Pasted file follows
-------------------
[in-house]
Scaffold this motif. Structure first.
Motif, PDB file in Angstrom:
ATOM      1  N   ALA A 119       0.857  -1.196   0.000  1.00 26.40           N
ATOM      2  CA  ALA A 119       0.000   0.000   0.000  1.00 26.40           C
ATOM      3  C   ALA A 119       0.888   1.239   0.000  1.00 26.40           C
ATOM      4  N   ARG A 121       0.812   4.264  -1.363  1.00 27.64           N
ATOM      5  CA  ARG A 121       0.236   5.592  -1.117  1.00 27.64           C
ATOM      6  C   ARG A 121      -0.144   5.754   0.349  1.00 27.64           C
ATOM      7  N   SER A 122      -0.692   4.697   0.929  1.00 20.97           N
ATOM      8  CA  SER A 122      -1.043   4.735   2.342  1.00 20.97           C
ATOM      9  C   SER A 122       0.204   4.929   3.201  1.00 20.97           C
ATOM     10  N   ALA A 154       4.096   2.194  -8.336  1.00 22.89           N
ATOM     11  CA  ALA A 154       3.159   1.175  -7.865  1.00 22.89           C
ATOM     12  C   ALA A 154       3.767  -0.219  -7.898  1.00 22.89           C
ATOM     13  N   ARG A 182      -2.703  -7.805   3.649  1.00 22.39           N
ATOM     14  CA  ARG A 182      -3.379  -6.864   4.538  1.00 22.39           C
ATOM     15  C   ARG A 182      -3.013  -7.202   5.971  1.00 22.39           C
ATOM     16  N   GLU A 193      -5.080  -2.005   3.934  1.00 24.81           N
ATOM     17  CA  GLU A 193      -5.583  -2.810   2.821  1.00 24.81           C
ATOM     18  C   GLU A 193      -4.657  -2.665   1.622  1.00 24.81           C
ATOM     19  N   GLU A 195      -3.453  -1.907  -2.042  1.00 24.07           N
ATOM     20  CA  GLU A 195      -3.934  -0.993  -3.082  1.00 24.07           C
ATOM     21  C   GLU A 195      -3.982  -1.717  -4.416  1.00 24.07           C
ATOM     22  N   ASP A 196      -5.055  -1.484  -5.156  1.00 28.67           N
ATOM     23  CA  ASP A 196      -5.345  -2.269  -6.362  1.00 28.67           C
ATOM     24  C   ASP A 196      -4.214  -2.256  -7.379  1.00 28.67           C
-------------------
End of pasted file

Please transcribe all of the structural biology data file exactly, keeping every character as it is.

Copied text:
[in-house]
Scaffold this motif. Structure first.
Motif, PDB file in Angstrom:
ATOM      1  N   ALA A 119       0.857  -1.196   0.000  1.00 26.40           N
ATOM      2  CA  ALA A 119       0.000   0.000   0.000  1.00 26.40           C
ATOM      3  C   ALA A 119       0.888   1.239   0.000  1.00 26.40           C
ATOM      4  N   ARG A 121       0.812   4.264  -1.363  1.00 27.64           N
ATOM      5  CA  ARG A 121       0.236   5.592  -1.117  1.00 27.64           C
ATOM      6  C   ARG A 121      -0.144   5.754   0.349  1.00 27.64           C
ATOM      7  N   SER A 122      -0.692   4.697   0.929  1.00 20.97           N
ATOM      8  CA  SER A 122      -1.043   4.735   2.342  1.00 20.97           C
ATOM      9  C   SER A 122       0.204   4.929   3.201  1.00 20.97           C
ATOM     10  N   ALA A 154       4.096   2.194  -8.336  1.00 22.89           N
ATOM     11  CA  ALA A 154       3.159   1.175  -7.865  1.00 22.89           C
ATOM     12  C   ALA A 154       3.767  -0.219  -7.898  1.00 22.89           C
ATOM     13  N   ARG A 182      -2.703  -7.805   3.649  1.00 22.39           N
ATOM     14  CA  ARG A 182      -3.379  -6.864   4.538  1.00 22.39           C
ATOM     15  C   ARG A 182      -3.013  -7.202   5.971  1.00 22.39           C
ATOM     16  N   GLU A 193      -5.080  -2.005   3.934  1.00 24.81           N
ATOM     17  CA  GLU A 193      -5.583  -2.810   2.821  1.00 24.81           C
ATOM     18  C   GLU A 193      -4.657  -2.665   1.622  1.00 24.81           C
ATOM     19  N   GLU A 195      -3.453  -1.907  -2.042  1.00 24.07           N
ATOM     20  CA  GLU A 195      -3.934  -0.993  -3.082  1.00 24.07           C
ATOM     21  C   GLU A 195      -3.982  -1.717  -4.416  1.00 24.07           C
ATOM     22  N   ASP A 196      -5.055  -1.484  -5.156  1.00 28.67           N
ATOM     23  CA  ASP A 196      -5.345  -2.269  -6.362  1.00 28.67           C
ATOM     24  C   ASP A 196      -4.214  -2.256  -7.379  1.00 28.67           C